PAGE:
The Movie Business: Facts and Figures

While making a trek to the theater, it’s easy not to think about the money that changes hands. But money does indeed change hands. Movies are, after all, a business. And money is exchanged everywhere, across multiple demographics–from the ticket sold, to the concessions counter, all the way to the salaries of the gaffers and location managers who work so hard behind the scenes to bring us quality entertainment. Here are some facts and figures about the movie industry:

Click on image to enlarge


Filed under Movies

21 responses to “The Movie Business: Facts and Figures

  1. Even in “down” economies, movies generate revenue.

    • What I found interesting is that they’ve leveled off over the last few years. 2008 and 2010 were lower than any year since 1997. 2011 may be the same.

  2. Wow, interesting info. Must’ve taken you a while to gather it all together. I would think the percentage of Americans who go to the cinema at least once a YEAR would be more than 72%, but looks like I’m wrong. Great post full of invaluable information I won’t forget!

    • I think the catch there is that they say “every year”, meaning they’re going at least once, each year (i.e. if you don’t go very often, only once a year, odds are going to be even less that you go once every single year). It weeds out movie-goers the larger the number of years gets.

  3. Wait a couple of years to see if the 3D release figure comes down at all….

    I hope to God it does.

  4. It is amazing the amount of cash that the industry brings in. And the concession stand is the worst!! I have taken to sneaking my food in now.

    Saying that I have now learned to work the preview circuit and haven’t had to pay for a film in over 6 months…kerching to me 🙂

  5. Very interesting and useful chart! I keep meaning to look this up but never do – the percentage of ticket sales that goes to the studio versus what goes to the theater. I’ve been told for years that near all of the ticket sale goes to the studio, but I’m curious exactly how much. I wouldn’t be too surprised it if was 100%, but I would find that a bit depressing.

    Not too surprised by the popcorn markup. Every single time I go to the theater I end up having the same conversation:

    “Yes, I’d like a medium popcorn and medium coke.”
    “For 50cents less you can get our combo deal for a large popcorn and large soft drink.”
    “But I don’t want a large and a large. I’m absorbing less of your inventory so why are you charging me more to do so?”
    “I don’t create the combos sir.”
    “No, but you are a representative of an institution that is punishing me for being a responsible consumer.”
    “Oh just give the combo.”

    • RE: the take on ticket sales and studios, I found this while researching, from Film School Rejects:

      “Movie theaters operate on a kind of sliding scale. The first weekend of a movie’s release, the profit is split heavily in the studio’s favor, typically around an 80/20 split. The second weekend, it may change to a 70/30 scale, and so on. It’s even rumored that some major blockbuster films like Avatar are released with 90/10 or even 95/5 splits. Now keep in mind that exceptionally few films do very well after the first week of their release.”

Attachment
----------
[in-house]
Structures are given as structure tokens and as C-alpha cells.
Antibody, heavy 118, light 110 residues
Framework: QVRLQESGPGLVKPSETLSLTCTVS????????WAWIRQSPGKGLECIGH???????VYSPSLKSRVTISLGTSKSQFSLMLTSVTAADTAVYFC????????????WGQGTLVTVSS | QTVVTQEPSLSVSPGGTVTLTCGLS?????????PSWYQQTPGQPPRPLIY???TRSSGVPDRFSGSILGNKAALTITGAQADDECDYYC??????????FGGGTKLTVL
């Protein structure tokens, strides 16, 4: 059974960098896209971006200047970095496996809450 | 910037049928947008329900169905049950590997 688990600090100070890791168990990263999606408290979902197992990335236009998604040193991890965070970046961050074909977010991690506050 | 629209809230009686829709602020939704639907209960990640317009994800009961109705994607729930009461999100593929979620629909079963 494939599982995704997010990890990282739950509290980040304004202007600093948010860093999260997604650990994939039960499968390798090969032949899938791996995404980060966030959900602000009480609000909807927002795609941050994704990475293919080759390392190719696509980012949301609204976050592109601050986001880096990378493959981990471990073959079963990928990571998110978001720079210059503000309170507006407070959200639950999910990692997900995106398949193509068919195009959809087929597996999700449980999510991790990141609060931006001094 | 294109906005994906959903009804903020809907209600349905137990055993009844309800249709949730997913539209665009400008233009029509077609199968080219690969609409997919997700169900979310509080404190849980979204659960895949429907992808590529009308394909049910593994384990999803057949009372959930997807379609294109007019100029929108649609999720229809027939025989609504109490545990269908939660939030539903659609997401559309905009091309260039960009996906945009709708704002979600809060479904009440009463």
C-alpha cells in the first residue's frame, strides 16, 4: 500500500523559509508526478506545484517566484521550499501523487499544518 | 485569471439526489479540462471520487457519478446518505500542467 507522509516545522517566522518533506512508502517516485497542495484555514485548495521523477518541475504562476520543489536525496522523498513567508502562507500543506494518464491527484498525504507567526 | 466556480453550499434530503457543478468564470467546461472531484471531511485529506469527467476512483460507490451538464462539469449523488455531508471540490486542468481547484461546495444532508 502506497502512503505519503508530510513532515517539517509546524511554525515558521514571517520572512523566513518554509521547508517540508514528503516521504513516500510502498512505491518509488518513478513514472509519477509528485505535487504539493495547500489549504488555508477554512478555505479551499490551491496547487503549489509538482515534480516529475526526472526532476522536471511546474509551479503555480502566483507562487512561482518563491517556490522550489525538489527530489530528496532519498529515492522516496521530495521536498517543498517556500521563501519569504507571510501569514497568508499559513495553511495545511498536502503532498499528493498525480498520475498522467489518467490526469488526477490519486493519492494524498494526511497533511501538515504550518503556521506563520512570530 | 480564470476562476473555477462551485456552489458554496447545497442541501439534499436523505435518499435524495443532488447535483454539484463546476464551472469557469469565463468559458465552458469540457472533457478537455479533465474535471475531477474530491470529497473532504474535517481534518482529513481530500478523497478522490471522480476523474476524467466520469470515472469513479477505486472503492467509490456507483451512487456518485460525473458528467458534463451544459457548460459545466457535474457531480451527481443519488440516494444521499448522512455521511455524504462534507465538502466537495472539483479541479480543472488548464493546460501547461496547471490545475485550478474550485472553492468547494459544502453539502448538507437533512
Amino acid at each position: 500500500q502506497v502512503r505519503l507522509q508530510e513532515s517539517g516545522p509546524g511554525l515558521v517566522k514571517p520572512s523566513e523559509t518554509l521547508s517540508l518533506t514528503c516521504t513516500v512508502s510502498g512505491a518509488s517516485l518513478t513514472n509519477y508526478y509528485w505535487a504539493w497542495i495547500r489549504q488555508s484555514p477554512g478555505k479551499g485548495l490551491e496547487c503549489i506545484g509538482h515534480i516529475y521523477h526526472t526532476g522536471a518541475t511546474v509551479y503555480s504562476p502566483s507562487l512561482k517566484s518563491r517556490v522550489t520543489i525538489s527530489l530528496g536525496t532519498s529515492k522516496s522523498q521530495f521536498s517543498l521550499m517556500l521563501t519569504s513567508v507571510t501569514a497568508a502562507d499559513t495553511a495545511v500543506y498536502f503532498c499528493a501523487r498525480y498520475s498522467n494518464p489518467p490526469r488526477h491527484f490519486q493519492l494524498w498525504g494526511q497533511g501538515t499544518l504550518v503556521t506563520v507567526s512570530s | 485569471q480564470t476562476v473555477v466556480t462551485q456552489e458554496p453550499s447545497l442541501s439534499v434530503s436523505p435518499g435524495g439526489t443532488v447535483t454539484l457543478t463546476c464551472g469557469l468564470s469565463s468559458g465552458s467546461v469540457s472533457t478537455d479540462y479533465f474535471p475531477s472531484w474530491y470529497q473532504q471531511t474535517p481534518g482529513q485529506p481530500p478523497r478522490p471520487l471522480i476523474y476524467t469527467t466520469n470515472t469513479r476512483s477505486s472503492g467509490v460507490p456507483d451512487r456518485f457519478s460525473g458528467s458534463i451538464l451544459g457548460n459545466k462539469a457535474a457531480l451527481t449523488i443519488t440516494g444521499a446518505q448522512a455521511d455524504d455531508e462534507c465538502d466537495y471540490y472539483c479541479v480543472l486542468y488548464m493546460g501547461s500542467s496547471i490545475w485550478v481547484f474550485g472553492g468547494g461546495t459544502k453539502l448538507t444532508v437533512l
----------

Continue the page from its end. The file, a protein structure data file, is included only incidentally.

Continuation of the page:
RE: the popcorn, I shudder to think how much money I’d save if I didn’t buy the popcorn damn near every time I go.

  6. So why is California always broke?!?

  7. Very nice and insightful infographic John!

  8. The guy who met Kevin Meany

    I would really like to see the year-by-year Return on Investment of 3D movies from 2006 to 2011. In Northern Virginia, not only do they put 3D movies on most the screens; they put the optimal 3D showtimes in the Goddamn IMAX theatre. Ticket price–$17.50. Since when is snorting coke off of high-dollar prostitutes a better value than going to the movies?

  9. wow. in western north carolina, movies are ten dollars. and there are like, two theaters. i am 27 and can remember when they were three dollars. more likely to go to a movie than a bar? really?

    • Keep in mind that the average cost includes matinées and dollar theaters. Here in St. Louis, if I go to a matinée, it’s $5.50 and it’s $8 for any other ticket.

      The catch on the movies/bar scenario is the second half of the statement: “once a month or more”. Think about the vast group of the 50 and older crowd, who would almost universally be going to movies more frequently than bars once a month or more.

  10. rtm

    I love infographics and you always make the best ones, John! Popcorn prices are just ridiculous, that’s why I always go to the movies after dinner.

  11. We have joined all the theaters rewards clubs some of which are actually pretty good. If possible also try to hit the Sat. Matinee films and always sneak in my own beverage of choice. Usually break down and spring the $4.50 for some popcorn.
    nice post

  12. Pingback: Film Facts & Figures | The Big Picture

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